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Cocktail Glass Smash

June 29, 2009

Last month I railed against the impropriety of calling a cocktail glass a martini glass.  Lest there be any confusion, it’s called a cocktail glass.

The irony of this of course, is that while I enjoy the martini cocktail, I hate the cocktail glass.

What a horrendous design for a piece of barware.  Sure it’s iconic.  But it’s a mess.  It’s top heavy.  All too often the cocktail is filled to the rim.  And sometimes it is just huge.

I am not even going to go into the ridiculous permutations with zigzag stems or other uncalled-for architectural flourishes.

According to the good people at Anvil Bar & Refuge, the cocktail glass as we know it “didn’t debut until the 1922 Paris Exposition.  Slowly this glass gained popularity in bars and restaurants predominantly because of its ability to deceive the customer’s perception of volume and value.”

That must have been before bars are as crowded as they can be today.

Because trying to carry around a drink in a cocktail glass at a party is an exercise in inevitability.  That drink in your hand is going to spill.  It may not be on you.  It may not be your fault.  But some of that drink is headed to the floor.

The worst thing about it that there is no good reason for a cocktail to come in a glass like that.  Most other glassware serves a purpose.  A champagne flute is long and narrow for three good reasons.
1)    Longer trails of eye-pleasing bubbles.
2)    Smaller opening for gas to escape for longer-lasting bubbles.
3)    The size and shape of the glass allow the tip of your tongue to experience the wine first, thus capturing all of its limited sweetness.

There is only one reason for the cocktail glass, besides the dubious ones listed above.  And that is to provide a stem so your hot little hands don’t prematurely warm up your drink.

And you don’t need a V-shaped glass for that.  Anything with a stem would do.  A small wine glass or a large cordial glass could do nicely.

Me?  I prefer a bucket glass, sometimes called an old fashioned glass.

One problem is that if you go shopping for these in stores most of them are far too large for cocktails.  Your drink would look as if it were a puddle in the bottom of the glass.  Seven ounces is really the perfect size.  Good luck.

The other problem is that if you request one of these in a bar, they look at you like you are crazy.  Some kind of buffoon who is clearly not sophisticated enough to be drinking in their establishment.

Granted, it’s nontraditional.  It is also unlikely anyone had asked for anything like it before.  But it makes sense.

With a seven-ounce bucket glass, your glass is about half filled once a full size cocktail is poured into it.  If you hold the glass near the top, you will not appreciably warm your drink before it is completed.  Given that there is plenty of room in the glass, you are unlikely to spill it, or have it spilled.  And finally, it is much easier to gauge how much booze is left in your glass.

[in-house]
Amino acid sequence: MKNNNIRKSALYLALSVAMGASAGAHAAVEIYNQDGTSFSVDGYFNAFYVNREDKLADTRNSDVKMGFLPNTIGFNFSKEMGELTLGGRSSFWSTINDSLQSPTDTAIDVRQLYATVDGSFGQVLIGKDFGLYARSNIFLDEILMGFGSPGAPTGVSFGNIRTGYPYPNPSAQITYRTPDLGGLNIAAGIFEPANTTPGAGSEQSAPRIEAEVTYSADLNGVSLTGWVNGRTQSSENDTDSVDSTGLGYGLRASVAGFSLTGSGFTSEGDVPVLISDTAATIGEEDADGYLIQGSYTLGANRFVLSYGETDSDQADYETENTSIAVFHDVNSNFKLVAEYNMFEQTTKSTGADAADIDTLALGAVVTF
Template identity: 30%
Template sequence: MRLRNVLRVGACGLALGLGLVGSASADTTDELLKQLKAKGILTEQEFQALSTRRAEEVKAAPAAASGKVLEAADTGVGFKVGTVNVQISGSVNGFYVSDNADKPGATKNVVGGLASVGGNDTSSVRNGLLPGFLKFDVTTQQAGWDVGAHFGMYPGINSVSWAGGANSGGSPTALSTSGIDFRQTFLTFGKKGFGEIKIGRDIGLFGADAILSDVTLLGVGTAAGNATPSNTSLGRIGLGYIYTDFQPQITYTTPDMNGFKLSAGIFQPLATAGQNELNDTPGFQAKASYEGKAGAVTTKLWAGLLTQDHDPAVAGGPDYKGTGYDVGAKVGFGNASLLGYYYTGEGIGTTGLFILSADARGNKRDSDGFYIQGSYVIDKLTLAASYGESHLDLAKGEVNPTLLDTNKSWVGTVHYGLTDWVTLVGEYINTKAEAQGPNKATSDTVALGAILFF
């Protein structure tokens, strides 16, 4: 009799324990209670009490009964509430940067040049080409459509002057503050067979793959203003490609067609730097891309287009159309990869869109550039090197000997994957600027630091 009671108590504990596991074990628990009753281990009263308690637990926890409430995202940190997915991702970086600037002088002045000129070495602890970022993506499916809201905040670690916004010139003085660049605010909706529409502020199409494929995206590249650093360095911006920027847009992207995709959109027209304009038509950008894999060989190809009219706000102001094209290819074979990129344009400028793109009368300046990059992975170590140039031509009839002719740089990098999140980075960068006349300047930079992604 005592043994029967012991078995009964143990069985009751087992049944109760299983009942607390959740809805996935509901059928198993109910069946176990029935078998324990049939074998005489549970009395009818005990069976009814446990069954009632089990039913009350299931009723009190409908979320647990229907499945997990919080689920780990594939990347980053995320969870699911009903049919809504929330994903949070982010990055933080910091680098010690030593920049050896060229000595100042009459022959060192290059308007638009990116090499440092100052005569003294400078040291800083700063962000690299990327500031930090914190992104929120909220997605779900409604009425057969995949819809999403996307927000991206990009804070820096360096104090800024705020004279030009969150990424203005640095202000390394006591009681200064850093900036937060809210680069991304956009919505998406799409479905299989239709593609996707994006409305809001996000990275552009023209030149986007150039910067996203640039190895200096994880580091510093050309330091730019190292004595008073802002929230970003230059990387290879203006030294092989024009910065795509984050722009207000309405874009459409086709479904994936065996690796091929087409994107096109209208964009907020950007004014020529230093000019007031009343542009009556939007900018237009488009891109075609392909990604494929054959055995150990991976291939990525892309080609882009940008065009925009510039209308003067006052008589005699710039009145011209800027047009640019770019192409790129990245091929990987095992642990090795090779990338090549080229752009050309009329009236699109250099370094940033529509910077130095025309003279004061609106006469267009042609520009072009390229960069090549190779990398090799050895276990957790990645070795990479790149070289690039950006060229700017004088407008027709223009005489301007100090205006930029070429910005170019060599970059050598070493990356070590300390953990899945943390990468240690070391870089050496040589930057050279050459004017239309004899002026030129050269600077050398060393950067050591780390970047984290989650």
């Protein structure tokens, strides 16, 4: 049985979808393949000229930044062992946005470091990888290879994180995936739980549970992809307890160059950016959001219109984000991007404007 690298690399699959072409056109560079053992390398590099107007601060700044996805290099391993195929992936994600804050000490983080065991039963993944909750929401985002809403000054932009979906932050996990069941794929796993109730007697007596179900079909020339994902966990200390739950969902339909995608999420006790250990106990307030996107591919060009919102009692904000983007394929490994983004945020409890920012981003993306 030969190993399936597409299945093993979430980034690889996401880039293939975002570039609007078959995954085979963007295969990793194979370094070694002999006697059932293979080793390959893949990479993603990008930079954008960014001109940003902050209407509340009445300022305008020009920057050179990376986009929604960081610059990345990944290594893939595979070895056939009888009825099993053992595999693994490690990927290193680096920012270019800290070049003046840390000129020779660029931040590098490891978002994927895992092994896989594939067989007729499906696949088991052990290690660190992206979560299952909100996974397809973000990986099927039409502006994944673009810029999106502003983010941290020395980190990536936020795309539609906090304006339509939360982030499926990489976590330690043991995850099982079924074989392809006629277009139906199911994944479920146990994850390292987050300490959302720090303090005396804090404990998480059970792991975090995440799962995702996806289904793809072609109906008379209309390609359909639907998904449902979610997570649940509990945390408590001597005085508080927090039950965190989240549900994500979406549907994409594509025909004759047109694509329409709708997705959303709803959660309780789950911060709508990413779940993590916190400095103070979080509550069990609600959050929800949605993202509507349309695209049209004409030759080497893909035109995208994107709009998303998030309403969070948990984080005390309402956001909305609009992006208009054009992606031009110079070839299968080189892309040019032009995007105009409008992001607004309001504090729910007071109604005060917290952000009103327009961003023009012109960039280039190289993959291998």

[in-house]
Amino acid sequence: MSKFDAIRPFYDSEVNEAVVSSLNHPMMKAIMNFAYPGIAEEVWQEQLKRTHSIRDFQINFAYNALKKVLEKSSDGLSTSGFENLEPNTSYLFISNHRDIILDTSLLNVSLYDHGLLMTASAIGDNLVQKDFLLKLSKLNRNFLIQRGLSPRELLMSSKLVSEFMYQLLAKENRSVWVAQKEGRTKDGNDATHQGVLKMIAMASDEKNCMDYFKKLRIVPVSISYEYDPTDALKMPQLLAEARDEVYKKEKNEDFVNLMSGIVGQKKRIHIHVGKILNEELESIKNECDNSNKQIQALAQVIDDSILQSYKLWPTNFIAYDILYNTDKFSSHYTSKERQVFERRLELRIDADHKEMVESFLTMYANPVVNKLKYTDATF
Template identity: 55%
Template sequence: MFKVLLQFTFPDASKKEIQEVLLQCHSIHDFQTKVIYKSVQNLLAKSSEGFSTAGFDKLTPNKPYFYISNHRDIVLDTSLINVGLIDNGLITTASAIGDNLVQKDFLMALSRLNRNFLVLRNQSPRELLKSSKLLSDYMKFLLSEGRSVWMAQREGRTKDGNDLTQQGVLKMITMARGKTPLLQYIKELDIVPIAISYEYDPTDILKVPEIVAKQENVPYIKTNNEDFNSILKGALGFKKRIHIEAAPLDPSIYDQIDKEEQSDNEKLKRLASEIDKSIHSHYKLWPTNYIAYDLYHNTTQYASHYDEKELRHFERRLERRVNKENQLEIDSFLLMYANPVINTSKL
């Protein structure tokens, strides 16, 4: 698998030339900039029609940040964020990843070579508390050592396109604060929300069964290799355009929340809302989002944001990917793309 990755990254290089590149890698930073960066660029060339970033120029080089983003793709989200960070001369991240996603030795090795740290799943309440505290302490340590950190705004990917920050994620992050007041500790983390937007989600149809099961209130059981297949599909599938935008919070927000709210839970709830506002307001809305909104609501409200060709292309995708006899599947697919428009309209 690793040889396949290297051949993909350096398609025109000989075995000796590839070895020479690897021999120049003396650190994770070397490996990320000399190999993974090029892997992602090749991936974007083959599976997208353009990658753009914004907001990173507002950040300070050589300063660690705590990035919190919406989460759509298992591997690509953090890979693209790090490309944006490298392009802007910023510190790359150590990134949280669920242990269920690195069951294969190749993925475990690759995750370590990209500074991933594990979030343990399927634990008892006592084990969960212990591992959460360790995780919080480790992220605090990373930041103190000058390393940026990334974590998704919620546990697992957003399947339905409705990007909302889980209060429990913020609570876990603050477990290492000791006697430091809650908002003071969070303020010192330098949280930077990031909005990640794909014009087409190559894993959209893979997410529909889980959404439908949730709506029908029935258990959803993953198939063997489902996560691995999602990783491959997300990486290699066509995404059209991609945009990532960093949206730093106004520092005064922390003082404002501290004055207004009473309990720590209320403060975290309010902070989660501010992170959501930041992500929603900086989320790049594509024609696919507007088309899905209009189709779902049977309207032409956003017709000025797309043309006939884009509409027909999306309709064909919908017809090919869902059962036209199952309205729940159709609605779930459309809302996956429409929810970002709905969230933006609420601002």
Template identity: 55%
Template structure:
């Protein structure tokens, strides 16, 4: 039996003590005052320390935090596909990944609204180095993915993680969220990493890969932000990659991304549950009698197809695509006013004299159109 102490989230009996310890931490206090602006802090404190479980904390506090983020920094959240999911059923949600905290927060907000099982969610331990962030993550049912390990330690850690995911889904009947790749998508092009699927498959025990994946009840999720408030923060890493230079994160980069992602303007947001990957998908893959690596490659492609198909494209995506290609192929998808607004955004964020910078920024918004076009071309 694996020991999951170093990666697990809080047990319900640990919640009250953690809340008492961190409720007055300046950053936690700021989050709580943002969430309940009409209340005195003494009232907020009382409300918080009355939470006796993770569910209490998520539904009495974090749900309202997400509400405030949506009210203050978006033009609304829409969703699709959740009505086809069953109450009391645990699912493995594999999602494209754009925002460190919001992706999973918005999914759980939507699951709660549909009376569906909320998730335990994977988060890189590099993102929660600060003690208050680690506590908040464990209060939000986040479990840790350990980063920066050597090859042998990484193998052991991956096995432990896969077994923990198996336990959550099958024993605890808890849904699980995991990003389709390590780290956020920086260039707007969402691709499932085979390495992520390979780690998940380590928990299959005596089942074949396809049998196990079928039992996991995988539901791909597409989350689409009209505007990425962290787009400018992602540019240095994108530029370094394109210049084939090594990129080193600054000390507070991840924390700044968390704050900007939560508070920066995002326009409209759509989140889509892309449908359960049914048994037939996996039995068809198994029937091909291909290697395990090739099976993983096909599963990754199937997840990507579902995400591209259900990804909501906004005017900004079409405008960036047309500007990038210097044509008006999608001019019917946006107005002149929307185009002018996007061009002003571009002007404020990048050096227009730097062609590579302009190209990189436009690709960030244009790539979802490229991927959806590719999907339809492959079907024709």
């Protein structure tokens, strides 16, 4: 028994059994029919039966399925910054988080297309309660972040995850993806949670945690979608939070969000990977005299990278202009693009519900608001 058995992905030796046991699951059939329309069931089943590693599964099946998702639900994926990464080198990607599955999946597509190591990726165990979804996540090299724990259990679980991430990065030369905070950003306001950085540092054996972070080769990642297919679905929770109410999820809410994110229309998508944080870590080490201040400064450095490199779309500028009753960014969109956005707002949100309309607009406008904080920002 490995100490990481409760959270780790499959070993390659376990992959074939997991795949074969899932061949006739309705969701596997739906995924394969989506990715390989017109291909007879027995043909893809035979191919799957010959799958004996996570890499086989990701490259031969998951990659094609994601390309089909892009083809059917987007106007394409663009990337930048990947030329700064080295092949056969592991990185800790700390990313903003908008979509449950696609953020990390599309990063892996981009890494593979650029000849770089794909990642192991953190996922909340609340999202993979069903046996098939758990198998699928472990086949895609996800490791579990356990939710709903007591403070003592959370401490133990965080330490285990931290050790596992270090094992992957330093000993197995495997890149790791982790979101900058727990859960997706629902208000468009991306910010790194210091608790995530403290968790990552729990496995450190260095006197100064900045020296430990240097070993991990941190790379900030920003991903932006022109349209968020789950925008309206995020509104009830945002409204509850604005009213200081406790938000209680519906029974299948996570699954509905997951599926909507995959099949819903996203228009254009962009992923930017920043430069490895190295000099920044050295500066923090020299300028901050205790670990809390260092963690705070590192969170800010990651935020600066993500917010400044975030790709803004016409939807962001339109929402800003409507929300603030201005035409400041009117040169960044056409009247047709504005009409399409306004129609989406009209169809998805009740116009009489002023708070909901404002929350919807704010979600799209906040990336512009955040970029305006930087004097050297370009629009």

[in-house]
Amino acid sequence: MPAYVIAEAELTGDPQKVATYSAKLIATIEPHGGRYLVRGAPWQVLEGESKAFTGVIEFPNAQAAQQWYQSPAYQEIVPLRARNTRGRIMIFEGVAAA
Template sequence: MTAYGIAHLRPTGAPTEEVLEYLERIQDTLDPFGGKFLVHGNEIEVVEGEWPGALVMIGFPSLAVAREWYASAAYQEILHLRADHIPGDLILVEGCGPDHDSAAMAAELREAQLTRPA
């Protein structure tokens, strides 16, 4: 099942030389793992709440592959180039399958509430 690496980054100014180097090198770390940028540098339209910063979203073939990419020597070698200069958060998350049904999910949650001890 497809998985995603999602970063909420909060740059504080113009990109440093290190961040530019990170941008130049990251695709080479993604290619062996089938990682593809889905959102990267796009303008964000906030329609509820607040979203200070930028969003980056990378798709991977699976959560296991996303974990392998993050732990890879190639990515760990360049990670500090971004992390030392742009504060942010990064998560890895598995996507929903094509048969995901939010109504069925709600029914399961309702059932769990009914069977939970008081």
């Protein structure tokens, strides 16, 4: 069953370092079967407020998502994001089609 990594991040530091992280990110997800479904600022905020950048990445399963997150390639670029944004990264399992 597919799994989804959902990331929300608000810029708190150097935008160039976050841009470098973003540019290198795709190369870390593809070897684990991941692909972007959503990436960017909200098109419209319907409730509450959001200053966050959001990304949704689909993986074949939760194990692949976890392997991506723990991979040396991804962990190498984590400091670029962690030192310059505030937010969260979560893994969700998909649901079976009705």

Now, it is my official duty to call out the cocktail glass as being needlessly fussy.

5 Comments leave one →
  1. Barrie permalink
    June 29, 2009 1:15 pm

    Wally always says it’s like a plate on a stick. I think he would heartily agree with you on this one!

  2. brownie permalink
    June 29, 2009 3:23 pm

    But is it cricket to pinky-out with the old fashioned?

    The martini, ahem, cocktail glass was originally designed as a labret (lip plate) to bring mixed drinks to the tribes of Africa and South America who celebrate that custom. Fed up with tribesmen who used them mainly as hats and brassieres, the inventor added a stem and France surrendered.

    Don’t ask me to quote my sources.

  3. June 29, 2009 6:20 pm

    My favorite bars have generally been ones that serve cocktails in old fashioned glasses (and by golly, old fashioneds themselves are delectable). I wonder if they go hand in hand? One of my peeves is having a sticky-sweet cocktail spill on the glass/hands for the duration of the drink.

  4. Wally permalink
    June 29, 2009 8:22 pm

    I call them “plates on sticks”.

  5. cheftanner permalink
    June 29, 2009 10:56 pm

    I totally agree with you here Daniel. I hate cocktail glasses myself. I am a Manhattan and Red Hook drinker and have always liked mine in an old-fashioned/rocks glass. Having bar tended in the past I can attest to how awful it is for servers to carry those stupid glasses as well, not to mention certain bartenders love for filling the drink to the rim so that even if the server doesn’t spill the drink, the guest will likely end up with some of the drink on them. Having traveled a bit, many other countries don’t bother with the cocktail glasses, the rocks glass is more popular. At home I have Riedel rocks glasses, I drink wine out of them as well. I understand the concept of not wanting to warm up the glass, but really, who sits there with their hands wrapped around their glass long enough to warm up the liquid? For better wines and dinners with guests I pull out the high-end specialty wine stems, but never cocktail glasses.

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